Episcopal Diocese of Virginia
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Fifth Sunday of Lent, March 22, 2015

We all have experienced holding our breath either literally or figuratively waiting for a big moment to come. Most of us have waited for that Saturday morning to dawn when we were scheduled for the SATs. We have waited for the curtain to rise on opening night for a play we have a role in. We have waited for the doorbell to ring on prom night. We have waited for the receptionist to say, “The manager will see you now” just before a big interview, and we have waited for the magic moment when it is time for us to go to the hospital to give birth. These momentous times in our lives do not just pop up all of a sudden. We prepare for them beforehand – we take practice tests, we enroll in dance classes, we rehearse our lines, we study the company and its products, we take part in Lamaze classes. As we go about our preparatory activities, we know the time is coming but it is not here yet. And then all of a sudden after everything is in place, there it is, staring us in the face. And we do what we have been training to do.

Jesus’ big moment, his “hour”, has come. It is time for him to fulfill his purpose, to do what God had sent him to earth to do. From the moment of his incarnation, his whole life has been preparing him for this moment. Three other times in John’s gospel, his “hour” has been mentioned, but at those points, Jesus’ hour has not yet come. Now, as he enters Jerusalem it has. Jesus knows his death is just a short time away and he is ready for it. He is ready to surrender his life to God on behalf of the world.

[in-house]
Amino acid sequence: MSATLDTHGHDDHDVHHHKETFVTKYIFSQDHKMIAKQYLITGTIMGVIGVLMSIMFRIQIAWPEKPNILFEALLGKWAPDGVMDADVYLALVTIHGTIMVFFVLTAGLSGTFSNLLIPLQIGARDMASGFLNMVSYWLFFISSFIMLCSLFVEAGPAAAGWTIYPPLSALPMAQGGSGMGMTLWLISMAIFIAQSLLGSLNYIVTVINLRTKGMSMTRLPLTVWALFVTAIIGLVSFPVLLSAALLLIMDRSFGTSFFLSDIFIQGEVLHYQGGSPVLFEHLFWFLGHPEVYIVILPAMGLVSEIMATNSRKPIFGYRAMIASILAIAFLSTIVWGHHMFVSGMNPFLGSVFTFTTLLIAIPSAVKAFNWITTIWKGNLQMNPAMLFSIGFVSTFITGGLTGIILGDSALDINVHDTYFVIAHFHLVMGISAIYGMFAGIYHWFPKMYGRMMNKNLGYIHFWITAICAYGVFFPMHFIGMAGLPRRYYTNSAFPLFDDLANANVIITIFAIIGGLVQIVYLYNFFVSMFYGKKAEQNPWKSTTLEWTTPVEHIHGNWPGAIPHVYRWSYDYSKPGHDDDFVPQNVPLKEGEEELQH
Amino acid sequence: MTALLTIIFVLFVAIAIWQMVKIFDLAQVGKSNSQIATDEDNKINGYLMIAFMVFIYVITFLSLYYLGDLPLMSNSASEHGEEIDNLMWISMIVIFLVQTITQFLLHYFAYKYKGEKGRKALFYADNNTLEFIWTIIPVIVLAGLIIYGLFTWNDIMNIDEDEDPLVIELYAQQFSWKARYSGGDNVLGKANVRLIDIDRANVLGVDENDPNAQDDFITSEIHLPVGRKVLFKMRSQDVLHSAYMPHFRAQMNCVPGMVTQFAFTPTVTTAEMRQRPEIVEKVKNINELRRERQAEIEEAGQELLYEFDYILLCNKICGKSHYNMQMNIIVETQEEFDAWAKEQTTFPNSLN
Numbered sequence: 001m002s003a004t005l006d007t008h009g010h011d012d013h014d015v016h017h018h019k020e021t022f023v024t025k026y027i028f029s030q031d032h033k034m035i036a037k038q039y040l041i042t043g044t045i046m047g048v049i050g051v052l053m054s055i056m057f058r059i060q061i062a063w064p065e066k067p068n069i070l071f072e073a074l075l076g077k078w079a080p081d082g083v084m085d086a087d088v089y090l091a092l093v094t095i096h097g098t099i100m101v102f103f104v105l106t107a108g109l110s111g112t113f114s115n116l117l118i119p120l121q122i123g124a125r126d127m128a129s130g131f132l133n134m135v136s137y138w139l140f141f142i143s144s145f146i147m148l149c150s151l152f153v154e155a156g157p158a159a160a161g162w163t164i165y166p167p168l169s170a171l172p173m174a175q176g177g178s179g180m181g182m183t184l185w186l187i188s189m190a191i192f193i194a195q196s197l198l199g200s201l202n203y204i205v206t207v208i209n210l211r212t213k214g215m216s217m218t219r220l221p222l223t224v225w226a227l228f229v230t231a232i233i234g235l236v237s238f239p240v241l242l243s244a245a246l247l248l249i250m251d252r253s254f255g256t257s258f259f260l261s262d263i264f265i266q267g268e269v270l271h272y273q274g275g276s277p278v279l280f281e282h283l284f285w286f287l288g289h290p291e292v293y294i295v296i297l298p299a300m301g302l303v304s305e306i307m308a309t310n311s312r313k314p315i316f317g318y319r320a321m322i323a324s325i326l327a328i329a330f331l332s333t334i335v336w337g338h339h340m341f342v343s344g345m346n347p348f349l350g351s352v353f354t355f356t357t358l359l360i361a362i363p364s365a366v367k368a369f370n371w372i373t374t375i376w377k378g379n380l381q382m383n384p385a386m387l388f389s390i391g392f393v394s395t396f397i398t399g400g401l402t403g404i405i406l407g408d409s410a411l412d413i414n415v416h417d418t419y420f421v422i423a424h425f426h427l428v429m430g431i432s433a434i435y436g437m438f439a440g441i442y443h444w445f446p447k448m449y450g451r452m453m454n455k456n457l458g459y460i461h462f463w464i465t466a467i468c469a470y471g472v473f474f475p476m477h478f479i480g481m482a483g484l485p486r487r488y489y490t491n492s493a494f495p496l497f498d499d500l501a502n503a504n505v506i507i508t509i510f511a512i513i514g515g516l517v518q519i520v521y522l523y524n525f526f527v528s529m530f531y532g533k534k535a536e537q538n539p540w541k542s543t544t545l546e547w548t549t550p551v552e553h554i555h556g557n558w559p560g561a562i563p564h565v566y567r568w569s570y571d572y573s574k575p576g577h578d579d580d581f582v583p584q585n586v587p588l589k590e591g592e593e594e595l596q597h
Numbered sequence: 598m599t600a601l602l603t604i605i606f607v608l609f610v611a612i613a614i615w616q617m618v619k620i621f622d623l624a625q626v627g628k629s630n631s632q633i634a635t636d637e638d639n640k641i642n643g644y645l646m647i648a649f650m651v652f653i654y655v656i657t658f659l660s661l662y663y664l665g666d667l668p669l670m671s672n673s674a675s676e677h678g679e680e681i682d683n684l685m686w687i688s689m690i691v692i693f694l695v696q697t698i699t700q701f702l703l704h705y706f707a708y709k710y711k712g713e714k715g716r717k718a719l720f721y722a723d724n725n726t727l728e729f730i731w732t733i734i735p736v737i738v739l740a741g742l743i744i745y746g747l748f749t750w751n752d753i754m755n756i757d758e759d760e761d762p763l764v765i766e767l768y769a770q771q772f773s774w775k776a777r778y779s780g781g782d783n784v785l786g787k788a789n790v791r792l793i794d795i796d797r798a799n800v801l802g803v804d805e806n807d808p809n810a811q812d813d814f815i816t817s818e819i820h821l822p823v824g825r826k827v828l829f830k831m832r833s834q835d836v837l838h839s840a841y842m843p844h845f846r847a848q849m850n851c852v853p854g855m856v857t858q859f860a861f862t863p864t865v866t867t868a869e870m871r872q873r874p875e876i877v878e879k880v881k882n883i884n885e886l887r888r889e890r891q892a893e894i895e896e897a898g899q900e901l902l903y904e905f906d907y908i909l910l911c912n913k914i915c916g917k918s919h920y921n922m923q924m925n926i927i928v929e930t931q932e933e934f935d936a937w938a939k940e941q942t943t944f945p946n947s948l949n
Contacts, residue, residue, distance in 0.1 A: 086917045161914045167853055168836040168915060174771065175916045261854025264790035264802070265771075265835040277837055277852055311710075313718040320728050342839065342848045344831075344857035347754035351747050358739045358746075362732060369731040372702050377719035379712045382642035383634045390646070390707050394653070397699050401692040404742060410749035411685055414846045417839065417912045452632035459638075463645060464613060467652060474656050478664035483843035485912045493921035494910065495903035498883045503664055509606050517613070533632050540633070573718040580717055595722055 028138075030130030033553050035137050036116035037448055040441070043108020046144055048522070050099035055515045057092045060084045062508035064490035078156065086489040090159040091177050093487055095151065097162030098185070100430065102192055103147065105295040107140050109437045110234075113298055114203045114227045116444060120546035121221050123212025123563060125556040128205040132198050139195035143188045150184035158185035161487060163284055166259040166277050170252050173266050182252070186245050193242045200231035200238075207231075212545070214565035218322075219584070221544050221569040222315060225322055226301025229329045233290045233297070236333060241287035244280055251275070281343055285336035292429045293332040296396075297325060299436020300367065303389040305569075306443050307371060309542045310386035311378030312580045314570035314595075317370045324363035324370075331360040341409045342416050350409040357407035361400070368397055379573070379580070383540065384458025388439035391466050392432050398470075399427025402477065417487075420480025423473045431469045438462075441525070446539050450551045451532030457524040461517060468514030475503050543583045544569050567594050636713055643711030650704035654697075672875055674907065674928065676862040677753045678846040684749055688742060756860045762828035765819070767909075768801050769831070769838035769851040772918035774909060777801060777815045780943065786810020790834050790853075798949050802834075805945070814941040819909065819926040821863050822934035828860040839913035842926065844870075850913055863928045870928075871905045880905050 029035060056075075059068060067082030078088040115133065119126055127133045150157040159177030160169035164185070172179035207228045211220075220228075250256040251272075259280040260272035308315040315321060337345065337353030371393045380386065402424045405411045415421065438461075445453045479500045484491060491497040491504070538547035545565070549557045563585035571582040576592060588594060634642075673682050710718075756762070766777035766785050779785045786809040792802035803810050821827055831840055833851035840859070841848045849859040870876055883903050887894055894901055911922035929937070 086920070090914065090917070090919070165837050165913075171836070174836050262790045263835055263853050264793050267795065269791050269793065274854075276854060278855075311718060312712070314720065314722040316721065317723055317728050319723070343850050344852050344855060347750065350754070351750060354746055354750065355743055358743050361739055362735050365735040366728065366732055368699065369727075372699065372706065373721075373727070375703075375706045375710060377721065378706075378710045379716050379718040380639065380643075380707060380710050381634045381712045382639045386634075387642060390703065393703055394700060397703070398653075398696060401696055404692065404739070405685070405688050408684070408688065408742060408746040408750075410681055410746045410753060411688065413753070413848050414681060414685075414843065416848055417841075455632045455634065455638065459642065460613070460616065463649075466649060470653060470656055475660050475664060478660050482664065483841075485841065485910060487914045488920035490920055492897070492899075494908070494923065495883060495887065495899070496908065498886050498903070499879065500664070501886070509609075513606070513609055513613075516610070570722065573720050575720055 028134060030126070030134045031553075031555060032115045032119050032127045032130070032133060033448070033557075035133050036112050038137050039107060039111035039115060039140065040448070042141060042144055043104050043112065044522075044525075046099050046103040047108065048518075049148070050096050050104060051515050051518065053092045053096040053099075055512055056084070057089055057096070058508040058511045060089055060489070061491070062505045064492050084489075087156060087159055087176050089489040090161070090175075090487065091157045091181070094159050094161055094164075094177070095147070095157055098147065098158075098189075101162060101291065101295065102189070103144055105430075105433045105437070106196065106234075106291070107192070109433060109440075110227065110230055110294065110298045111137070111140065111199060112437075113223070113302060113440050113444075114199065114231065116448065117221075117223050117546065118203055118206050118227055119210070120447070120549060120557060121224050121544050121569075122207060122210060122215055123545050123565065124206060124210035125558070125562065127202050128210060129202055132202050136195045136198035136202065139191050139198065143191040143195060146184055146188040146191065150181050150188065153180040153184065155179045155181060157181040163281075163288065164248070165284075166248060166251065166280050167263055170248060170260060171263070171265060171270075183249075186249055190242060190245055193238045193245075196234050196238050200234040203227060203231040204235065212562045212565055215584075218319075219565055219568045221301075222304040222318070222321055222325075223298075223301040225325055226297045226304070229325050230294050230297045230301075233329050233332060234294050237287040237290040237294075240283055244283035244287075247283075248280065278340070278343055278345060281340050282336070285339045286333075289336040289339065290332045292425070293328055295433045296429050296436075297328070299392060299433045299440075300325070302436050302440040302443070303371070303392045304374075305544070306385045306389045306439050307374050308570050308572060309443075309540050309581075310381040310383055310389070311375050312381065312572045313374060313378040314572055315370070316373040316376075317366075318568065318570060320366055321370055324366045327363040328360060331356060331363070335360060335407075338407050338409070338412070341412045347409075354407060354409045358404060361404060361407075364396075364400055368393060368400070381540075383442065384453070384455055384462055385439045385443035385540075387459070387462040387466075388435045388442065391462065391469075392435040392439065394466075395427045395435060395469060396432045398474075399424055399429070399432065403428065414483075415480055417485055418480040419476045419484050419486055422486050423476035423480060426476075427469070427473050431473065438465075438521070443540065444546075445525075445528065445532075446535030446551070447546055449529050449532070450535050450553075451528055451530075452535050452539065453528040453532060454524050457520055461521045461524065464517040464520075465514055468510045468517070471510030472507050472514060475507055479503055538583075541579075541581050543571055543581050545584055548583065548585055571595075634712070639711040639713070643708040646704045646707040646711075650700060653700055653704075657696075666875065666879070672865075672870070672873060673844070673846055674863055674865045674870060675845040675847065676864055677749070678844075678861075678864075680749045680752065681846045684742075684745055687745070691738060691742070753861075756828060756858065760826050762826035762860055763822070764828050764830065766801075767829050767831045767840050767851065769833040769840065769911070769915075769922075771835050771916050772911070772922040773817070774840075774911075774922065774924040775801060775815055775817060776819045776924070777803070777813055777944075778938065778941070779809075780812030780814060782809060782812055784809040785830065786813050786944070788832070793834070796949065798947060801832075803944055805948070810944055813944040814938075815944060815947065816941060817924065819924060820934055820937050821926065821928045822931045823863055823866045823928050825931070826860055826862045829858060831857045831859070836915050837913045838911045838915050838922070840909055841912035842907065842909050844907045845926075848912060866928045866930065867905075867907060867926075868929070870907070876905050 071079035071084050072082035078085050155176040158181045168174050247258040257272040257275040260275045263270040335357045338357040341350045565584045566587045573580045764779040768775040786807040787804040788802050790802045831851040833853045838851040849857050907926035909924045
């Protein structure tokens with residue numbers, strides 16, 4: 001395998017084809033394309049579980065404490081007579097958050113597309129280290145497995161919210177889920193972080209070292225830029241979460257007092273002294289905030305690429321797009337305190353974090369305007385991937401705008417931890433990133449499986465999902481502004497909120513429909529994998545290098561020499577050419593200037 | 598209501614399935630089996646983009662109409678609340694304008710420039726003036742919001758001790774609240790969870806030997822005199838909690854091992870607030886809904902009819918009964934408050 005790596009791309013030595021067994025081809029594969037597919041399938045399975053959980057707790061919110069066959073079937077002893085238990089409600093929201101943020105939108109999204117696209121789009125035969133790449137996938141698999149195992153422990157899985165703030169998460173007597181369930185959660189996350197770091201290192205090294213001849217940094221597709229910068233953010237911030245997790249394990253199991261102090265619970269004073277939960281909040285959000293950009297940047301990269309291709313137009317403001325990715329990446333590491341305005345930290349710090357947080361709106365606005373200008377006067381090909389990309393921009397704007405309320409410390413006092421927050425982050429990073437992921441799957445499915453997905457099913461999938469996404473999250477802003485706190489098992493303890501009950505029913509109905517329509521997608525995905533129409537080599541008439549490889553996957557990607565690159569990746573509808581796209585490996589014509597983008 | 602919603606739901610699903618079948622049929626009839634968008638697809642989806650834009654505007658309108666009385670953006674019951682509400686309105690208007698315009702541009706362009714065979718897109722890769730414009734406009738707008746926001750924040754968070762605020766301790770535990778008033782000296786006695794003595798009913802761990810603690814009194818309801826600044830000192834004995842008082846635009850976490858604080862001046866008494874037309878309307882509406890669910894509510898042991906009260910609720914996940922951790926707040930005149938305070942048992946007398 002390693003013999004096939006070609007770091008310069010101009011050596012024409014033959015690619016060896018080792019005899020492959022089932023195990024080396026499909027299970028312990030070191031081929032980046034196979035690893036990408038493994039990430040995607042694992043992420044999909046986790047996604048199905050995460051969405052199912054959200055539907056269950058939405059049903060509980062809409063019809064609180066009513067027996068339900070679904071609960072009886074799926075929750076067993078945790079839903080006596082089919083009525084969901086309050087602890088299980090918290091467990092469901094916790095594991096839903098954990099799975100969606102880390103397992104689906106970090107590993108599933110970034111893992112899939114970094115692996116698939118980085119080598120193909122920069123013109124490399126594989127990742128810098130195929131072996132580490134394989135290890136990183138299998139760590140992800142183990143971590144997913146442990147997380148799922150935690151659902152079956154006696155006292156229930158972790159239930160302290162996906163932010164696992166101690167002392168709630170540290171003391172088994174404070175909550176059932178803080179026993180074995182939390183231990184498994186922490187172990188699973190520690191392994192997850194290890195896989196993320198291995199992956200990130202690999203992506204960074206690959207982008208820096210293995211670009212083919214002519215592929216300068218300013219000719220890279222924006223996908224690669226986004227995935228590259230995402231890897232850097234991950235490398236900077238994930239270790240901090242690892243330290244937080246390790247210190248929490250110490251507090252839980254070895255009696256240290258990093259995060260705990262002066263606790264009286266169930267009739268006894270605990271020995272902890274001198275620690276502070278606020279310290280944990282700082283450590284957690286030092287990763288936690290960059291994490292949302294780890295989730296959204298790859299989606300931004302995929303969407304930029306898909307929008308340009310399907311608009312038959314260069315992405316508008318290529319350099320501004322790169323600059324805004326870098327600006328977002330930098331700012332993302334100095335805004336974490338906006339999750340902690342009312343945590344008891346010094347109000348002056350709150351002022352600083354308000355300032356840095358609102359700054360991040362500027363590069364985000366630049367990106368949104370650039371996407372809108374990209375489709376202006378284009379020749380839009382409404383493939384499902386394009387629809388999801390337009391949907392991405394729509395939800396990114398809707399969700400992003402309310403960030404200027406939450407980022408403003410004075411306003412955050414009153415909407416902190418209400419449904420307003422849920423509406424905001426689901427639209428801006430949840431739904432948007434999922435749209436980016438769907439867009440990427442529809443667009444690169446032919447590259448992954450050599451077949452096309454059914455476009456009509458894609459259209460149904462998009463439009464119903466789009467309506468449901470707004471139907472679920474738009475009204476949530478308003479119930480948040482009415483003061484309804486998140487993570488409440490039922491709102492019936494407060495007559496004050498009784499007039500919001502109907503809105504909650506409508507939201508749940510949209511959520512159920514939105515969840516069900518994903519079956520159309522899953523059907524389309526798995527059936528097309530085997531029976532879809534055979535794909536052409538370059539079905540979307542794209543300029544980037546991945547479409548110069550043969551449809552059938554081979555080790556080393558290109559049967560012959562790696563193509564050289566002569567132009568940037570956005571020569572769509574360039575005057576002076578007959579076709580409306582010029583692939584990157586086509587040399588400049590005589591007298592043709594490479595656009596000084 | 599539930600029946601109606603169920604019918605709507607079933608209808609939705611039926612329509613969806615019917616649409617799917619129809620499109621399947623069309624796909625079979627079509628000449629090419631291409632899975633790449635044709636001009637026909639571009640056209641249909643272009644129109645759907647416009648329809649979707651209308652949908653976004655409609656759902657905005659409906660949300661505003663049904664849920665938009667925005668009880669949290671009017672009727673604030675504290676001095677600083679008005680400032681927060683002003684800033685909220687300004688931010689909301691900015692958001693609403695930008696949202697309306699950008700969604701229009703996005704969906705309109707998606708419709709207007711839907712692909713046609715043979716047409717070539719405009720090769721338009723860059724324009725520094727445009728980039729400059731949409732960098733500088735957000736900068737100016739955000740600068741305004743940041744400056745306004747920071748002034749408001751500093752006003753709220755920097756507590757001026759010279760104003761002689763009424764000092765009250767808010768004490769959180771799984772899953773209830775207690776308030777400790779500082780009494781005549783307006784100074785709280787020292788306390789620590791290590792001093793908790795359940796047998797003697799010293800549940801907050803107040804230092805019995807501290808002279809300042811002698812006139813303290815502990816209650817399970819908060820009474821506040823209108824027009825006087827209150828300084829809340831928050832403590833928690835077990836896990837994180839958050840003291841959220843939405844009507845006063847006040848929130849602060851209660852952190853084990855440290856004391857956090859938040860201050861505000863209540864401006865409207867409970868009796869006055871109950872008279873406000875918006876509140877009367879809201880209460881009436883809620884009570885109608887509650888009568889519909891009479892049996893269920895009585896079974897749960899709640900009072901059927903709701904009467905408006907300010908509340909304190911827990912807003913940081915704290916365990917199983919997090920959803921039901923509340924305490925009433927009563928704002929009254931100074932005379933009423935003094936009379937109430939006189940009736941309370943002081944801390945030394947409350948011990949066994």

How does Jesus know that his hour has come? First, there is his enormous popularity. Jesus has just raised Lazarus from the dead, and this miracle caused many Jews to believe in him. The crowds that follow him to Jerusalem and shout “Hosanna” include some of these people, as well as others who had been witness to this sign and others that he did and wanted to see more, without having come to faith. There were so many people that the Pharisees said to one another, “You see, you can do nothing. The whole world has gone after him.”

And that brings us to the Pharisees and all the other Jewish religious leaders who were angry about Jesus’ popularity. That anger is another sign of Jesus’ hour. It is the raising of Lazarus that has put the Pharisees over the edge, moving them to put killing Jesus at the top of their lists. They were afraid that if Jesus performed any more signs, then everyone would believe and the Romans would come and destroy their temple and their nation.

Jesus knows his hour has come because the world, not just the Jews, wants him. Some Greeks ask Philip about seeing Jesus, and Philip took Andrew and went and told Jesus. Jesus’ mission is to save the whole world, and having the Greeks come to him was a sign that the whole world was noticing who it was that was performing all these miraculous acts.

Jesus’ hour is here. Now what is Jesus’ hour about? Jesus’ hour is about selfless love for the world. The fully human Jesus offers himself to be tortured and killed so that the world through him might be saved. So far human beings have said “no” to a God of love and mercy asking for us to practice the love and mercy we have received, but Jesus says “yes”. Yes to sharing our experience but responding to it in a different way. Yes to surrendering to God’s will. Yes to redeeming the world through his death. As the Word made flesh, he saw the world as God saw it, not in need of punishment, but in need of salvation.